Cancer immune editing is the protective process by which the host immune system is able to control/prevent tumour growth and shape the immunogenicity of tumours. Recently, the hallmarks of cancer proposed by Hanahan and Weinberg have been modified to recognize the emerging role of the immune system and immunological evasion as an enabling characteristic of cancer [1]. The dynamic process of immune editing is defined into three categories ‘Elimination, Equilibrium and Escape’ [2-4]. The elimination phase represents the original concept of immune surveillance, with innate and adaptive immune responses largely involving natural killer (NK) cells, macrophages, IFN-γ secretion and cytotoxic T cells to recognize and eliminate transformed cells. The equilibrium phase involves selective pressure from lymphocytes and IFN-γ to maintain the balance between the host immune system and tumour cells. This is the longest of the three phases, with potential to result in a novel population of tumour clones with the acquisition of mutations and a reduced immunogenicity. The final stage is immune escape, allowing the growth of tumour cells in an immune competent environment, with resistance to detection and elimination. This results in tumour growth and the formation of solid malignancies [2-4]. In these final stages, the tumour cells undergo a number of immune evasion strategies, often comprising multiple strategic mechanisms within an individual cell. One such strategy is the loss of antigen expression at the cell surface and loss of components of the major histocompatibility complex class I (MHC I) antigen processing pathway. In particular a reduction in MHC I expression itself has been demonstrated in a wide variety of tumours.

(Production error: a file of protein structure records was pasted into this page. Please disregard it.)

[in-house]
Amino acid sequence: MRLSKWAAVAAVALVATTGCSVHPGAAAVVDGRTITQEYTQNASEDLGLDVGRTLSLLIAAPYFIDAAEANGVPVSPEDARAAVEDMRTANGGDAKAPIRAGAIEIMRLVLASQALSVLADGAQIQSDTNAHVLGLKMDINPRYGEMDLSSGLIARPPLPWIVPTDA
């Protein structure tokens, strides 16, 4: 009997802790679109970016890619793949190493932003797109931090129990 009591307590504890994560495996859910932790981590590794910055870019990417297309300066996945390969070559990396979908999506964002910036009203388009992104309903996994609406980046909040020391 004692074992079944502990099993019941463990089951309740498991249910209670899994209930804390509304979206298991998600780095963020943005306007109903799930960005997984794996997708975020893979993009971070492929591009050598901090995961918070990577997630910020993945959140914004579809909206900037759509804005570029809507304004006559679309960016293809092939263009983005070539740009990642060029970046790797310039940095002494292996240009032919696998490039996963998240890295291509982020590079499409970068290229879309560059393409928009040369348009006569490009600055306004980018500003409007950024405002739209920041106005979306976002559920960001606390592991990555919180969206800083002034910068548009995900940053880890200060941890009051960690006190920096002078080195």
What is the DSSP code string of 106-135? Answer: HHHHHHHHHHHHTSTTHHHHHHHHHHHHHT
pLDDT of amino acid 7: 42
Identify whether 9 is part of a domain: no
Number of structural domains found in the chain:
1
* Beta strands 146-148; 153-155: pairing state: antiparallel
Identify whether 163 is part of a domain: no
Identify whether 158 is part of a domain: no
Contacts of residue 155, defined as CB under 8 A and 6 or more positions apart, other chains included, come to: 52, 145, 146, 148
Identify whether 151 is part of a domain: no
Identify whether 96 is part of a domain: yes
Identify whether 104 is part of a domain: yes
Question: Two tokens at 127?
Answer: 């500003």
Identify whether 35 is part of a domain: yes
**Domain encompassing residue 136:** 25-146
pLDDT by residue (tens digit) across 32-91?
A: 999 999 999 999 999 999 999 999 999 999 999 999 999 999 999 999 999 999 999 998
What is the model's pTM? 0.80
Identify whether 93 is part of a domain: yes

Additionally, loss of expression of other components of the antigen processing machinery (APM), TAP1, LMP2 and LMP7 play a major role in immune evasion [5-8]. Here we discuss the role of the endoplasmic reticulum aminopeptidase 1, ERAP1, a key enzyme in the generation of optimal peptide ligands for MHC I expression, in immune evasion and tumour growth.

Antigen processing